Agileety

putting the fun in functional

Category: Agile game

Happy Salmon Holidays!

Few months ago I went to SPIEL ’16 [web] in Essen; the biggest board game fair in the world. Ever since I’ve been obsessed with a new game I discovered there, Happy Salmon [BGG].

It’s one of the fastest games I’ve ever seen. One can explain it in one minute and play it in the next. Considering it only takes two minutes, it brings a huge amount of joy and instant gratification, making it my default energizer in workshops, trainings and other sessions now.
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LEGO® SERIOUS PLAY® & Agile

LEGO

‘Exploded view’ of what I learned this workshop. OCD, you ask?

Just now I attended an introduction workshop to LEGO® SERIOUS PLAY® [web] in the context of agile. The purpose of this method is to use hands-on, minds-on creative thinking to let people build metaphors with LEGO bricks. That way it enables possibilities in their ideas and communication.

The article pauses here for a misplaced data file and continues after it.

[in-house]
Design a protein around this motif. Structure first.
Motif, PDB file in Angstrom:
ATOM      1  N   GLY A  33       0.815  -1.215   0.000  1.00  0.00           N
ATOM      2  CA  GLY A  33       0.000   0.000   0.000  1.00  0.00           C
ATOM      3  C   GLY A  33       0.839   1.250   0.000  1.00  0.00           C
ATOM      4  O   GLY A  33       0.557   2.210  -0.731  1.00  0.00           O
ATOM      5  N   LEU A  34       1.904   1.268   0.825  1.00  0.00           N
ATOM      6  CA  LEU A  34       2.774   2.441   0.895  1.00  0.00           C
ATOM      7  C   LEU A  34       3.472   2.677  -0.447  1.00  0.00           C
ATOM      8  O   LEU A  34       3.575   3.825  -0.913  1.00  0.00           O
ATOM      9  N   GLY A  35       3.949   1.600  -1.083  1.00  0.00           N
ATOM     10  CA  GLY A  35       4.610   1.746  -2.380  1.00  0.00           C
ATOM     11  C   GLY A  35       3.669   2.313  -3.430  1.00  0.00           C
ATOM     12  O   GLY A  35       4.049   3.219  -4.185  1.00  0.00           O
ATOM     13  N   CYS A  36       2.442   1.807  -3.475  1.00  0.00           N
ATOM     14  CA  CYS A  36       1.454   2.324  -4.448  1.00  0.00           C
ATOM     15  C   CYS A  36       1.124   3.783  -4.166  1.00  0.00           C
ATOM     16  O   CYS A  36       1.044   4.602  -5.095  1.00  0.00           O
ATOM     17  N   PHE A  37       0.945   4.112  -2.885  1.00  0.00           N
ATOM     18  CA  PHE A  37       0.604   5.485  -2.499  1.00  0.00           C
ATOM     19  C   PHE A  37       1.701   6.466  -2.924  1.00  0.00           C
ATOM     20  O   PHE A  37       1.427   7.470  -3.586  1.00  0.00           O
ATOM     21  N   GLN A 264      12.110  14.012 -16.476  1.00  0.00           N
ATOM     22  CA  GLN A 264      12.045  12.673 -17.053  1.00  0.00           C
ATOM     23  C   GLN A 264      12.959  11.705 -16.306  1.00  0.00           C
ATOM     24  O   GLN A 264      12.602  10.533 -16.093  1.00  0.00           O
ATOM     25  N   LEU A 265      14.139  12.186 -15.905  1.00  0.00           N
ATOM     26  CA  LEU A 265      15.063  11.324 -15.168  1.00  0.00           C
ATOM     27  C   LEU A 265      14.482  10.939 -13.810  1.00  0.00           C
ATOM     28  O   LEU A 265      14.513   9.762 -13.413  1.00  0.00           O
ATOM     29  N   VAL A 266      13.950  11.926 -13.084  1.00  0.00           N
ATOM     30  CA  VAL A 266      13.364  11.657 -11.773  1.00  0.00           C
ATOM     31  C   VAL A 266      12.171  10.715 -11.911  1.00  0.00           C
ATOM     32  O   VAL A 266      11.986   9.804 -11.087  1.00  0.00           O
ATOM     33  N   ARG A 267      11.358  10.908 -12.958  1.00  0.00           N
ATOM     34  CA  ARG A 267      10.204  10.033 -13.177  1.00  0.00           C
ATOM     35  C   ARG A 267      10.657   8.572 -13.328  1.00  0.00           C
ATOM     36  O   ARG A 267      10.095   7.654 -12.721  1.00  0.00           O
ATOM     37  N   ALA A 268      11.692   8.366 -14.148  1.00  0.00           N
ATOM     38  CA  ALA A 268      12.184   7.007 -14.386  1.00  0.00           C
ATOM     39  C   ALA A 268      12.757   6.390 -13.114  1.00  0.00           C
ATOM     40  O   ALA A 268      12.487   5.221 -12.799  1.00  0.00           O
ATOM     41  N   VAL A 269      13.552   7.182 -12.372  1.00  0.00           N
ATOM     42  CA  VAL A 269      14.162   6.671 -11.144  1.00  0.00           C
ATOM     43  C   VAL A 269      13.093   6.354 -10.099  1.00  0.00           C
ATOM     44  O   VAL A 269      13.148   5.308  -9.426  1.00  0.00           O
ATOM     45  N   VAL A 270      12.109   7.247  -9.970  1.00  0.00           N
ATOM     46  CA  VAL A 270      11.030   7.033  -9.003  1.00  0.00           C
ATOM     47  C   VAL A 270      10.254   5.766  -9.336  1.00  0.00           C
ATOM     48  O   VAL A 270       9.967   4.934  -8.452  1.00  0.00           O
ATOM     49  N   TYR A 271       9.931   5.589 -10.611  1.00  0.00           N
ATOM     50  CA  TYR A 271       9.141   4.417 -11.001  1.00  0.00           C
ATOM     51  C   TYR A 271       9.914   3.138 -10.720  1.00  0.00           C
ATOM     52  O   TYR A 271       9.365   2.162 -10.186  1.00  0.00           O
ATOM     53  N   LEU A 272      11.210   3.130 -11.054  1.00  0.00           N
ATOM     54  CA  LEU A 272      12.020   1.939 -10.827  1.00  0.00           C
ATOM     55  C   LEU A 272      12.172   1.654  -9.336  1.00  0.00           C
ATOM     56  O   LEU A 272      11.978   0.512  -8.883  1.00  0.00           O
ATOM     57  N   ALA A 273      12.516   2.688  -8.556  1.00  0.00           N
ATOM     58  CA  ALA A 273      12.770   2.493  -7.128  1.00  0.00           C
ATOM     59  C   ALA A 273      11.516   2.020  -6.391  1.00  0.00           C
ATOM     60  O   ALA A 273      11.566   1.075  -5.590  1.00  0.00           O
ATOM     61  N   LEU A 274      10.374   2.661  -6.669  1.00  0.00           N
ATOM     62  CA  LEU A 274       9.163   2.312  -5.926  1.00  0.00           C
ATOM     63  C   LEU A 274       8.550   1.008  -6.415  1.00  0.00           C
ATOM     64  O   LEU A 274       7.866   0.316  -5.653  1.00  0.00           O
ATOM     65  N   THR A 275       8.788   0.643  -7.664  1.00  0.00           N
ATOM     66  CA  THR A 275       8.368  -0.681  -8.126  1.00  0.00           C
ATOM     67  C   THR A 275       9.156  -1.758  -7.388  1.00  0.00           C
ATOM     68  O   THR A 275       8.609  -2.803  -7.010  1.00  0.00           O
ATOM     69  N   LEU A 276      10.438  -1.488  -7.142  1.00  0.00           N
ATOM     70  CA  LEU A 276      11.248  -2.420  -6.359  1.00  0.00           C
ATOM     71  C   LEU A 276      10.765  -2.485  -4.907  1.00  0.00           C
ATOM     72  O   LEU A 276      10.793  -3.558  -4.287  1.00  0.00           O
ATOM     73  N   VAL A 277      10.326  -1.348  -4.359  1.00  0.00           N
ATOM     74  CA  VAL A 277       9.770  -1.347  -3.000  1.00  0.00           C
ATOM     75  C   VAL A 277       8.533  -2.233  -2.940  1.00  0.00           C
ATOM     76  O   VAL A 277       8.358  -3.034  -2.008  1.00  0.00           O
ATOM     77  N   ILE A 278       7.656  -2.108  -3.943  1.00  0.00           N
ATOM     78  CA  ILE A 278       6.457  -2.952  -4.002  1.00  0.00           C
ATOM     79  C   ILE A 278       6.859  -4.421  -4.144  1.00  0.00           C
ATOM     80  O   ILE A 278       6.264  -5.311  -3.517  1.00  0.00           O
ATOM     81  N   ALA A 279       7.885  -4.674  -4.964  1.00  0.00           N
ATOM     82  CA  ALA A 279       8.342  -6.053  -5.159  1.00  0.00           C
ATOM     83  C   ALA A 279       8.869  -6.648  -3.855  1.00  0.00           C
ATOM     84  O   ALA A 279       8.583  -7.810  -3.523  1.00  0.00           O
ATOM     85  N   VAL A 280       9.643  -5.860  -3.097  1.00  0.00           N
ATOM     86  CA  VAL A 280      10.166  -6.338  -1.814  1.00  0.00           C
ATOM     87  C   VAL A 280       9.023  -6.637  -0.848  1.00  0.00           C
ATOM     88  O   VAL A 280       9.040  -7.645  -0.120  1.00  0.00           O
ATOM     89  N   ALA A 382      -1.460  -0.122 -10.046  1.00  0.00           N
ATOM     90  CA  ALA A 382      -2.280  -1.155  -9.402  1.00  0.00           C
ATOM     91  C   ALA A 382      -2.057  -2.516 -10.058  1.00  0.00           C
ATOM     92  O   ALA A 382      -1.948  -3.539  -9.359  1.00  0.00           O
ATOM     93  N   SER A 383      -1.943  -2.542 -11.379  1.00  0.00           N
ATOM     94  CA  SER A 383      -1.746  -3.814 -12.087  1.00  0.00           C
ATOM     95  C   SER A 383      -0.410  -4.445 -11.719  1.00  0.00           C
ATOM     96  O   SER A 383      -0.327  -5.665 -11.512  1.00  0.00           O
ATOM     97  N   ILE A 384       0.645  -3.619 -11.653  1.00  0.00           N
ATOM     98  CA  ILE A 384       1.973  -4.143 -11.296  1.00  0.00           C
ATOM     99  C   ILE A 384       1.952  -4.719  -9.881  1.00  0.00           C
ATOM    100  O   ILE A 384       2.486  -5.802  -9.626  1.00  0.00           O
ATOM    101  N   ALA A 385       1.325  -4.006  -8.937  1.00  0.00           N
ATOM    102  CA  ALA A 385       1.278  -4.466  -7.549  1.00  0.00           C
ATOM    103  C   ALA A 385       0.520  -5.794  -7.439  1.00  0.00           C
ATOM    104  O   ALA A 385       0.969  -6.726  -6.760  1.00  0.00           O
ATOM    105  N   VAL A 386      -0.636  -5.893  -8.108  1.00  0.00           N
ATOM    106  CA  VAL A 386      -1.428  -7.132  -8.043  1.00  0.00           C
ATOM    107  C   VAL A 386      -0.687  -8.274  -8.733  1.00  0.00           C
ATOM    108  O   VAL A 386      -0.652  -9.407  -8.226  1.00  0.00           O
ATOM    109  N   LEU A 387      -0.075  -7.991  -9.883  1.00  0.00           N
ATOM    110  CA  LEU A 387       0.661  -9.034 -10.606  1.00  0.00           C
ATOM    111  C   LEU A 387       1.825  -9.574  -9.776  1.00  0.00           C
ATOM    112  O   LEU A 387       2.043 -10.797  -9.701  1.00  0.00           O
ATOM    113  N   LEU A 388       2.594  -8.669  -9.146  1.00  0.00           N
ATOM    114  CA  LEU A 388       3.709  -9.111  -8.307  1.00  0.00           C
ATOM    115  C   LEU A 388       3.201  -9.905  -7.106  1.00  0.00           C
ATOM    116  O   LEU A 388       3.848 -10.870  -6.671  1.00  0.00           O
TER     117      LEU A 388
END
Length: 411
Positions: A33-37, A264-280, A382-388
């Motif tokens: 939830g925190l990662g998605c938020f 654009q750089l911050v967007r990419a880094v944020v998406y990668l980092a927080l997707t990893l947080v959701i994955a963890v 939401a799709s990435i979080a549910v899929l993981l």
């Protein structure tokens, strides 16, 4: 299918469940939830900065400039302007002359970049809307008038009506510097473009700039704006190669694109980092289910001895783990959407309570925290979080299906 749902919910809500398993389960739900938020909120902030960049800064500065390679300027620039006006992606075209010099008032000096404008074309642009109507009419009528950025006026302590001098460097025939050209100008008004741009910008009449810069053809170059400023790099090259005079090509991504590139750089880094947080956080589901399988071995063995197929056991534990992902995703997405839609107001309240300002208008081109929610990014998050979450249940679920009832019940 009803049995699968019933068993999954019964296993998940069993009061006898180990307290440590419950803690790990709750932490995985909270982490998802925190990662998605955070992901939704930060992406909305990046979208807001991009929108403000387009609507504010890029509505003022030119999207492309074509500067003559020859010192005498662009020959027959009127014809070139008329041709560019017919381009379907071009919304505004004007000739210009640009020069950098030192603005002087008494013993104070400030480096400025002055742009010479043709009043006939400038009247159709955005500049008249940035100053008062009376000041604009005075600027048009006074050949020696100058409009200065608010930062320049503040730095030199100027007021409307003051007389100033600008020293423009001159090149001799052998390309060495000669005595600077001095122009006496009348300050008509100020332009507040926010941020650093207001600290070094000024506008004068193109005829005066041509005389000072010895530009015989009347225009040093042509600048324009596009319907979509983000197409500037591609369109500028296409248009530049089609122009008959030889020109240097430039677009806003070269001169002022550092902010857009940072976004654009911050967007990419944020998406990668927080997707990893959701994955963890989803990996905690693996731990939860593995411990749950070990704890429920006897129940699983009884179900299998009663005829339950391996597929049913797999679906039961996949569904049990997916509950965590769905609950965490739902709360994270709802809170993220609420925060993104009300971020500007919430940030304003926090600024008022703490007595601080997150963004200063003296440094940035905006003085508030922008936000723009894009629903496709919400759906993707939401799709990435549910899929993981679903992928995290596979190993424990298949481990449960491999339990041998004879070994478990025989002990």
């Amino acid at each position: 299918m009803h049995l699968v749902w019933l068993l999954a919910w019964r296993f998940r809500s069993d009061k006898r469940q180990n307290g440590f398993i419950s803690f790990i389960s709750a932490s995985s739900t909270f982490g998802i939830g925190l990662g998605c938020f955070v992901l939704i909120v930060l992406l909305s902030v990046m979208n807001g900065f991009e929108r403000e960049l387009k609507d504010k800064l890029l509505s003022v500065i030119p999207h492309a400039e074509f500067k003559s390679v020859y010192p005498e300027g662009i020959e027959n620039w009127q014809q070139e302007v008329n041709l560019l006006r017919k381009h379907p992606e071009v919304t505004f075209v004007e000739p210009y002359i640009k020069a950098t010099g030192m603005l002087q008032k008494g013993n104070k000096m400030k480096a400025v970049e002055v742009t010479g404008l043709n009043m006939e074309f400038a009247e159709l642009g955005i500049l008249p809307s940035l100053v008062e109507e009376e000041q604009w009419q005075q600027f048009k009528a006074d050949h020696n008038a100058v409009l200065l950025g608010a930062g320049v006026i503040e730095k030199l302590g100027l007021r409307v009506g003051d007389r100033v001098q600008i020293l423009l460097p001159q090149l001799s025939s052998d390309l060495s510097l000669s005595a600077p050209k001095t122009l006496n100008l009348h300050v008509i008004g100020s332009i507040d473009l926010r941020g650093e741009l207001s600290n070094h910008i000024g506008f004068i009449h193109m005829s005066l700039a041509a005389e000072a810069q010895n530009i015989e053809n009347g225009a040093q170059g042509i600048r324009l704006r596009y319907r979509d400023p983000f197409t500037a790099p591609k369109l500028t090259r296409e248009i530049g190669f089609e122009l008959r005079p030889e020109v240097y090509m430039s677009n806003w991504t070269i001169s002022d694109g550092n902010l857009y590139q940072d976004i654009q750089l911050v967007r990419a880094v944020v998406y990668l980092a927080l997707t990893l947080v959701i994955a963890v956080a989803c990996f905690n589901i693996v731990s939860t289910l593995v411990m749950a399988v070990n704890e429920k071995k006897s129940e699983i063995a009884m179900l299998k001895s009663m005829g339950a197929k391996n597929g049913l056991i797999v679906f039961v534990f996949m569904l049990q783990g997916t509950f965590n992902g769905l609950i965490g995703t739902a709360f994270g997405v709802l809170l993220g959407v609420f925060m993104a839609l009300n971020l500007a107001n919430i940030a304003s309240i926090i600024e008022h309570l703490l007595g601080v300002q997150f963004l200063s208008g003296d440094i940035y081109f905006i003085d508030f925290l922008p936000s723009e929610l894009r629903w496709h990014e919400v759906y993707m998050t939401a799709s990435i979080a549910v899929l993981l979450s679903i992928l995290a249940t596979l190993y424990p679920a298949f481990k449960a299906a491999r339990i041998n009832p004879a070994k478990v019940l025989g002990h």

“You can learn more about a person in an hour of play than you can from a lifetime of conversation.” – Plato

Trust me when I say there are numerous workshops using LEGO out there. This is the only method which LEGO has endorsed. My excitement was high as the great @Martin van Dijken was one of the facilitators. 🙂 I find it valuable and so far think it matches my coaching style. The next step is deciding if I want to become a certified facilitator.

How Black Stories Revive Scrum Meetings

The first bar night at Agile Coach Camp 2015 I told Franklyn Geerling about how I used Black Stories. He then encouraged me to host an open space (thanks!), which I gave the same name as this blog post. Today that session turns out to be one of the fire starters which sparked life into this blog.
Black Stories is a (children’s) riddle game which needs creative and lateral thinking to solve. At first I played the game during summer camp with kids and observed the effects. Based on that, I started using it with great success on my project at KLM/Air France. They had helped my team to better think out of the box and even look forward to meetings.
Somehow (things often seem so silly in retrospect…) it didn’t occur to me this practice could also prove valuable to others. Judging by the feedback and ‘thank yous’ I got at Agile Coach Camp [web] and later, it turned out many coaches are in need of practical advice. They seem to find it a welcome and energizing change from some of the heavier-on-the-mind holistic sessions.
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